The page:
LOS ANGELES — WarnerMedia mentioned on Wednesday that it might conduct an “appropriate investigation” into allegations that Kevin Tsujihara, the chief government of Warner Bros., pushed for a lady with whom he had a sexual relationship to be thought of for roles in Warner movies and tv exhibits.
The claims surfaced Wednesday in a four,200-word article in The Hollywood Reporter, which outlined a sexual relationship between Mr. Tsujihara, 54, and Charlotte Kirk, an aspiring British actress in her 20s. The account, quoting from non-public textual content messages obtained by The Reporter, portrays a scenario through which Mr. Tsujihara — prompted by Ms. Kirk’s statements that he had promised to assist her profession throughout a assembly at a motel — reaches out to his lieutenants on her behalf.
“I just need to be careful,” Mr. Tsujihara, who’s married, mentioned in a 2014 textual content message, in accordance to the commerce journal. “Let’s look for a movie role.” In an alternate from 2015, Ms. Kirk wrote, “Are u going to help me like u said u would?” He responded, “Richard will be reaching out to u tonight,” a reference to Richard Brener, president of Warner’s New Line division.
The disclosure appeared two days after AT&T, which owns WarnerMedia, publicly praised Mr. Tsujihara and added kids’s tv, together with the Cartoon Network, to his portfolio.
“Whenever we receive new allegations, it is our standard practice to conduct an appropriate investigation,” WarnerMedia mentioned in its assertion on Wednesday. “And that is what we will do here.”
A lawyer for Mr. Tsujihara mentioned in an e-mail that his shopper “did not have a direct role in the actress being cast in any movie.”
Ms. Kirk’s résumé contains bit components in two Warner movies: “Ocean’s 8,” which was launched final 12 months, and “How to Be Single,” launched by New Line in 2016. In a assertion, Ms. Kirk mentioned, “Mr. Tsujihara never promised me anything.” She added, “I emphatically deny any inappropriate behavior” by Mr. Tsujihara.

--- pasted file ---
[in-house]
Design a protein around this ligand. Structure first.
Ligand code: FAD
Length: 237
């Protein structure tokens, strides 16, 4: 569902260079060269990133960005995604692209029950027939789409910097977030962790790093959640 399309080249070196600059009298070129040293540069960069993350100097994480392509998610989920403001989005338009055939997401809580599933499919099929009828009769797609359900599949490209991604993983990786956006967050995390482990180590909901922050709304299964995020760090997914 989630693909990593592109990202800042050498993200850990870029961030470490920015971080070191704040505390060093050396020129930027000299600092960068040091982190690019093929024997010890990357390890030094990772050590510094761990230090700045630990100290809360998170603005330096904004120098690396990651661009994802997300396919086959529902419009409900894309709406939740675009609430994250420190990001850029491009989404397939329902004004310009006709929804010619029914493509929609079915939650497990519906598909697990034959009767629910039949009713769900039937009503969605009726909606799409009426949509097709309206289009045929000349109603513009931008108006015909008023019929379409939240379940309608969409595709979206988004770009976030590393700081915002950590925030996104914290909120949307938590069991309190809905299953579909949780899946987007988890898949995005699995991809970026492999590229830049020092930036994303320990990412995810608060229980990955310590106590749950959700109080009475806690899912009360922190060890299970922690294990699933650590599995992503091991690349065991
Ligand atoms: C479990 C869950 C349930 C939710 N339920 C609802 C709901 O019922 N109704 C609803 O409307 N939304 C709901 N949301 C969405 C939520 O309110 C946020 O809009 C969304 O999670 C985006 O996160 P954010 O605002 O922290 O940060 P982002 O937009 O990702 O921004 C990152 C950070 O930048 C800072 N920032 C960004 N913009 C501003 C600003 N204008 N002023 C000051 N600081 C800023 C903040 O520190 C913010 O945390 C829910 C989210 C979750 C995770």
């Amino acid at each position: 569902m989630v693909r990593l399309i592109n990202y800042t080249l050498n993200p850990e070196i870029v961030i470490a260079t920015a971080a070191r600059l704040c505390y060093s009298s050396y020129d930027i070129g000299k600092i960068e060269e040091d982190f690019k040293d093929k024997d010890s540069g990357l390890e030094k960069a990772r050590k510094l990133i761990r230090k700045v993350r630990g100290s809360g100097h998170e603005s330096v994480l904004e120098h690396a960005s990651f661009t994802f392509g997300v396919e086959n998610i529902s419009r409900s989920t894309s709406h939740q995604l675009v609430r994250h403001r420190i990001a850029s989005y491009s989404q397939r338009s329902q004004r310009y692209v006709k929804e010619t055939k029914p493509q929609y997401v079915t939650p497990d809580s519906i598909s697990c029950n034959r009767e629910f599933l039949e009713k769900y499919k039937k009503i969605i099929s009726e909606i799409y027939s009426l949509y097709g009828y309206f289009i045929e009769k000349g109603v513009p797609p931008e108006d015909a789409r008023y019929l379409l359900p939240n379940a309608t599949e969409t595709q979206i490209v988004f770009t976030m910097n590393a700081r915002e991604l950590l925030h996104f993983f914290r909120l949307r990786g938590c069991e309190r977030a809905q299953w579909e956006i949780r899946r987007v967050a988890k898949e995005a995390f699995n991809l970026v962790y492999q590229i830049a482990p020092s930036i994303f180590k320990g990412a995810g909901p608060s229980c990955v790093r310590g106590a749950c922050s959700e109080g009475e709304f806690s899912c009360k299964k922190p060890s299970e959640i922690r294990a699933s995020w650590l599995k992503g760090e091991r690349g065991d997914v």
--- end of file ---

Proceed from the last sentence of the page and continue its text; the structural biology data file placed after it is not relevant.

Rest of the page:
Whispers about Mr. Tsujihara’s alleged conduct have circulated in Hollywood for over a 12 months, ever because the #MeToo motion gained momentum, ensnaring males like Brett Ratner, a producer and financier with whom Mr. Tsujihara was as soon as shut. The Reporter article, written by Tatiana Siegel and Kim Masters, additionally detailed textual content messages between Ms. Kirk and Mr. Ratner involving Mr. Tsujihara and appearing roles. Mr. Ratner has denied accusations of sexual misconduct made by multiple women.
In September, John Stankey, the chief executive of WarnerMedia, was sent an email from an anonymous account (reporters from 11 publications, including The New York Times, were copied) asking whether an actress had been offered speaking roles in films in exchange for silence about sex with a senior executive. At the time, Mr. Stankey enlisted the law firm Munger, Tolles & Olson to look into the claims.
On Wednesday, WarnerMedia said, “The actress has publicly denied any impropriety in her casting, and our prior investigation did not find otherwise.”
Mr. Tsujihara has been chief executive of Warner Bros. since 2013. One of his biggest achievements was persuading J. K. Rowling to expand the Harry Potter movie universe with a series of “Fantastic Beasts” spinoffs.
Warner Bros. is Hollywood’s leading producer of television shows, with a stable that includes “Young Sheldon,” “The Ellen DeGeneres Show” and “Westworld.” On the movie side, Warner racked up worldwide ticket sales of $5.6 billion last year, a record for the company that reflected hits like “Aquaman,” “A Star Is Born,” “The Meg” and “Crazy Rich Asians.”
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